Hey, Princess. I know you paid a chunk of change for this (fill in the blank: raft trip/backpacking trip/guest ranch stay). So did everyone else. But your guide and support staff are working their fingers to the bone for very little pay because they love what they do. You know what else they love? Guests or clients who make even the smallest effort to help them out. Ask where you should stash your gear, collect firewood, help chop vegetables or cook dinner (right). Not only will you gain their respect and gratitude, you may even enjoy yourself.

Be high-maintenance
It’s not all about you. You have a pretty good idea of what you’re getting into when you sign up.

Forget to mention your “dietary restrictions”/preferences
Travel companies are savvy enough these days to always include a section for this on their registration forms; I’m not talking about legitimate food allergies or intolerances. But please be honest, not ridiculous, and if you don’t like what’s being served, be polite about it – especially if you’re in a foreign country.

Refuse to interact with your group
I can be a bit of an introvert, so I get how hard it can be to socialize with a group when you’re just not feeling it. But guides tend to stress about the lone client, and feel pressure to ensure they’re having a good time. If you really don’t feel like socializing, assure your guide that you’re just shy, but having a great time. Otherwise, I really recommend faking it till you make it. Once I come out of my shell, I’m usually grateful, because I end up meeting fantastic people who make my experience that much more interesting.

[Photo credits: donkey, Flickr user jaxxon; sign, Flickr user frotzed2; cooking, Laurel Miller]

Host and experience budget-friendly local tours all over the United States

budget travel central park new yorkHipHost, a new “peer-to-peer marketplace for socially-hosted local tours“, not only gives travelers a way to experience new cities from a local’s point of view, but also gives people an opportunity to make extra cash.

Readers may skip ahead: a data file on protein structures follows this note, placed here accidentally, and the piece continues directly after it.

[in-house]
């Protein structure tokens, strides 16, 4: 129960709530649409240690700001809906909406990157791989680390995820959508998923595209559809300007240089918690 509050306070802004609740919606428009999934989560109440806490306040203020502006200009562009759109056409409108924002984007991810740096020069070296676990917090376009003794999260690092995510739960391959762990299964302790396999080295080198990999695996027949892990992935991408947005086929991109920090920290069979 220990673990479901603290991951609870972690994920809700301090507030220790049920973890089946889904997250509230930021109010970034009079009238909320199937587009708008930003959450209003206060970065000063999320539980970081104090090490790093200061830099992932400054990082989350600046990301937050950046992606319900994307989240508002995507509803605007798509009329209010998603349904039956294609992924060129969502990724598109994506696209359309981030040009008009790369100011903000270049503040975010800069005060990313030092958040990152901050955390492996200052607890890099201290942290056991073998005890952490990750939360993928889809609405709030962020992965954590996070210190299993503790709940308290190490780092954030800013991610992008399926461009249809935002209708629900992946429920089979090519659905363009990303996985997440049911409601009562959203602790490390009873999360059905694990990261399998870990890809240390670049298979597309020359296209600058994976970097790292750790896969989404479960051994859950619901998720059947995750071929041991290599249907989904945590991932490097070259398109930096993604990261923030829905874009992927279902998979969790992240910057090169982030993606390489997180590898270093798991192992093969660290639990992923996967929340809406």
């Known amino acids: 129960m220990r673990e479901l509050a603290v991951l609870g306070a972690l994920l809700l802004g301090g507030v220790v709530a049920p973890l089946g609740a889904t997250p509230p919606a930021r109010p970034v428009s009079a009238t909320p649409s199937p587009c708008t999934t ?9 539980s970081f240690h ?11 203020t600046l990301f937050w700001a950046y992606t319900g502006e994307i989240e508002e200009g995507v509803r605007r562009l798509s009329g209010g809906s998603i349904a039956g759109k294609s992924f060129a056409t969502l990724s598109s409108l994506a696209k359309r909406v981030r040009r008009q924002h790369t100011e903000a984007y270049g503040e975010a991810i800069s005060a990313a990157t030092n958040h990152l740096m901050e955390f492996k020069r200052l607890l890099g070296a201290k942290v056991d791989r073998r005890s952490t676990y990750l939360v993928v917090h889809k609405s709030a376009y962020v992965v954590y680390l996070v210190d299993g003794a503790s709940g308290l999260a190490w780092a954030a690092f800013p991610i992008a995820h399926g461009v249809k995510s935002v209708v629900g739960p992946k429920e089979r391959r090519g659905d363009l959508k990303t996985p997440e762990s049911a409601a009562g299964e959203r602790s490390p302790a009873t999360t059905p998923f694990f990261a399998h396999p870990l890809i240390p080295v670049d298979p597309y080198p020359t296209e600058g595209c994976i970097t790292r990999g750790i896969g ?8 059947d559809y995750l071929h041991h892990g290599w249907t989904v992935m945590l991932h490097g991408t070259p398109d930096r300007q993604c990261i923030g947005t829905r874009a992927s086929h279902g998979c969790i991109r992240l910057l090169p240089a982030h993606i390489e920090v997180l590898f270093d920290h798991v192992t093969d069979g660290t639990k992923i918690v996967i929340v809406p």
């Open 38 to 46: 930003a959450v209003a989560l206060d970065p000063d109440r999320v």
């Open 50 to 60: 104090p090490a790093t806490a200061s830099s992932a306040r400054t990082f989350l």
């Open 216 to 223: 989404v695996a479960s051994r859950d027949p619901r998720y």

Anyone who wants to share their local knowledge can be a HipHost and design a tour based on anything they find interesting. Some tour topics include art, culture, fitness, architecture, history, hiking, markets, music, and more. It’s free to sign-up and guests pay for tours in advance, so hosts don’t have to worry about losing money to no-shows.

Moreover, anyone interested in learning about a topic can search for affordable tours and see a region from a local perspective without paying big tour company prices. Afraid you won’t enjoy your tour? HipHost guarantees a full refund if customers are not satisfied.

Some of the many tours being featured right now include:

And many, many more. Click here to sign-up for and/or host a tour.

Rama: a smartphone app for history lovers

rama smartphone app for history travelers Rama is a smartphone app that not only guides you through your favorite cities while giving you historical details, it also makes the past come alive through archival photographs that show users exactly what a particular destination or site once looked like. See the rocky swamp that is now Central Park, walk through Chicago right after the Great Fire, experience the wild atmosphere of Mardi Gras during the Depression, or visit the few lonely buildings in San Francisco after the Earth quake hit in 1906.

Some of the available tours include:

And, many more. Click here to view a complete list of guided tours. Tours cover Africa, South America, the Middle East, Asia, Europe, and North America.

Available on iPhone, iPad, and iPod Touch. Price ranges from free-$2.99 depending which tour you choose. To download the app from iTunes store, click here.